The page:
Wanted to give you an example of the masking.  Tonight out observing with my 100 f/9 ED scope.  Looking at Gamma And (Almaak) I masked it to 50mm, the size of the smaller hole in the objective cap supplied.  At 75x Almaak then showed two beautifully perfect airy disks and the color saturation was still quite vivid blue-deep yellow.  Gorgeous!  Taking the mask off and back to 100mm and the airy disks were now gone, everything else the same since seeing fairly steady here tonight.  When I turned to observe M45 with the 24mm ES68 I did the same thing, much nicer masked to 50mm as the background became pure black and all but the dimmest stars at 100mm still perfectly visible.  Much more aesthetic observation.
 


Edited by BillP, 28 December 2019 - 08:17 PM.

  • Astrojensen, paul m schofield and db2005 like this

#21 db2005

db2005

    Apollo

  • *****
  • Posts: 1,219
  • Joined: 23 Dec 2017
  • Loc: Living in Denmark, under Bortle 5/6 skies.

Posted 29 December 2019 - 07:58 AM

Much more aesthetic observation.

+1 waytogo.gif A lot can indeed be said in favor of aesthetics, especially when a hobby like amateur astronomy should be enjoyable.

 

Aesthetic views is IMO another reason why smallish (~3") APOs are so popular. Things just look pretty through a small high-quality scope that is relatively insensitive to poor seeing and tube currents and uses glass that acclimatizes quickly and benignly.

 

Larger instruments - while more powerful and able to produce "scientifically more accurate" results/observations aren't always more enjoyable to look through, and are certainly less manageable in daily operation than small scopes. This doesn't imply a conflict between "hobby-inclined"  amateur astronomy and "scientifically inclined" amateur astronomy, but it is a useful reminder that we always benefit from choosing the right tools for the job.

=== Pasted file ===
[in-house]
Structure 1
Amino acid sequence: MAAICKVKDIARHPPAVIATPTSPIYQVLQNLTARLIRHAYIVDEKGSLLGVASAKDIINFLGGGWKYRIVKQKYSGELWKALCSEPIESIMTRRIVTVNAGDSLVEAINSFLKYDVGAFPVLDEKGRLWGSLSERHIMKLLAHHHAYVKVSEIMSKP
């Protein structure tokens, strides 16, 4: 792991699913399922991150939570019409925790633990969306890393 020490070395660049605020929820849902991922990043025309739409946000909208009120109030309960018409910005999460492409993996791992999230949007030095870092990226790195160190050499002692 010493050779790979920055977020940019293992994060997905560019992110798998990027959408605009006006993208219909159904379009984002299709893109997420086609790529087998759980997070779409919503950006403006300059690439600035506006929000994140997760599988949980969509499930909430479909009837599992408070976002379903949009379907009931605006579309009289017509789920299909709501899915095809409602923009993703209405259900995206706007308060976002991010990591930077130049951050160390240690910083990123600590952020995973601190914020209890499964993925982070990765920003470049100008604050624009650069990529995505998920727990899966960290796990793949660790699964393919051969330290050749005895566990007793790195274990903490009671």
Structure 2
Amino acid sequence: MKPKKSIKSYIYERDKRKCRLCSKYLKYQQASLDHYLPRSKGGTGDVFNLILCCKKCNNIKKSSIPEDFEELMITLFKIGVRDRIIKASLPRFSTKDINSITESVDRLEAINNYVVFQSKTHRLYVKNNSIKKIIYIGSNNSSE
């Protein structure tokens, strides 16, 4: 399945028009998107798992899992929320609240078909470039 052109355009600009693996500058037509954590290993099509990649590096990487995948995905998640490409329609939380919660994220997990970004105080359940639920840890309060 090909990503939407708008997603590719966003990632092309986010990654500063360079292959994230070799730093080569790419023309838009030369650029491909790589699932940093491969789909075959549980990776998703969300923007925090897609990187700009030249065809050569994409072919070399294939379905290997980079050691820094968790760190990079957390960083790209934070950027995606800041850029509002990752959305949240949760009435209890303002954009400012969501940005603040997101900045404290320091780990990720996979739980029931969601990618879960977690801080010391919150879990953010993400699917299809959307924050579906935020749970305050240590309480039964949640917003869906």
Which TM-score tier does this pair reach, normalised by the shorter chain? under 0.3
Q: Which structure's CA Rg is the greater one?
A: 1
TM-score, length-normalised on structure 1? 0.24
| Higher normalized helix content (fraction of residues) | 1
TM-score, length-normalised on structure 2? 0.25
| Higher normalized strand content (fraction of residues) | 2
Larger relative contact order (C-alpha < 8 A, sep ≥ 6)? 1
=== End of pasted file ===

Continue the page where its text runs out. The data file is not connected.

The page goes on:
Edited by db2005, 29 December 2019 - 07:59 AM.

  • BillP and Astrojensen like this

#22 Erik Bakker

Erik Bakker

    Cosmos

  • *****
  • Moderators
  • Posts: 8,868
  • Joined: 10 Aug 2006
  • Loc: Netherlands, Europe

Posted 29 December 2019 - 10:25 AM

I have no experience with the two telescopes in question, but I have spent quite some time comparing the visual performance of several scopes of different size, focal ratio and optical quality, including both of the 120's smaller siblings.

 

A real challenge when making such hypothetical "X vs Y" comparisons is the implied premise that "all other things are equal"... which they never are. Of course, both scopes receive a lot of praise from owners and personally I don't think I would be unhappy with either of them, except that both scopes are probably slightly too large for my requirements. There are however a few things worth keeping in mind when comparing scopes mainly from their specifications:

  • A manufacturer specification of the used ED glasses alone don't tell you how good the optics are. I have owned scopes with FPL-53 glass with vastly different optical performance, both in terms of CA and SA. The mating element for the ED glass is equally important, as is the quality of the optical figure and polish. IME higher-end telescope brands tend to be much better at utilizing the full potential of the optics; better choice of mating element, better optical figure and polish, and better QC.
  • Optical quality is a real thing. My own SW ED100 was my primary scope for a few years, and is indeed a solid performer. But when I got my hand on a vintage Tak FC-100 scope I was astonished by its performance; Cleaner views, much better CA control, and significantly better planetary contrast. Even my FC76Q (quadruplet) and my SD81S have more contrast visually on planets than my ED100. Yes, optical quality is a real thing. We pay more for the quality of the workmanship put into the lens than the materials it's made of.
  • The most important information about the scope is rarely found in specification sheets. For instance: Many ED doublets tend to perform relatively poorly in the red end of the visual spectrum, making reddish objects like Mars look fuzzy and with poor "focus snap", and generally causing loss of contrast. The best ED doublets and fluorite doublets perform much better (I was finally convinced when I compared my ED80 with my Vixen SD81S, both using FPL-53 glass). Since the majority of  telescope makers don't specify polychromatic Strehl, consumers are frequently left with the impression that all FPL-[whatever] scopes are made equal. Well... they aren't. IME the most reliable predictor of optical quality is price.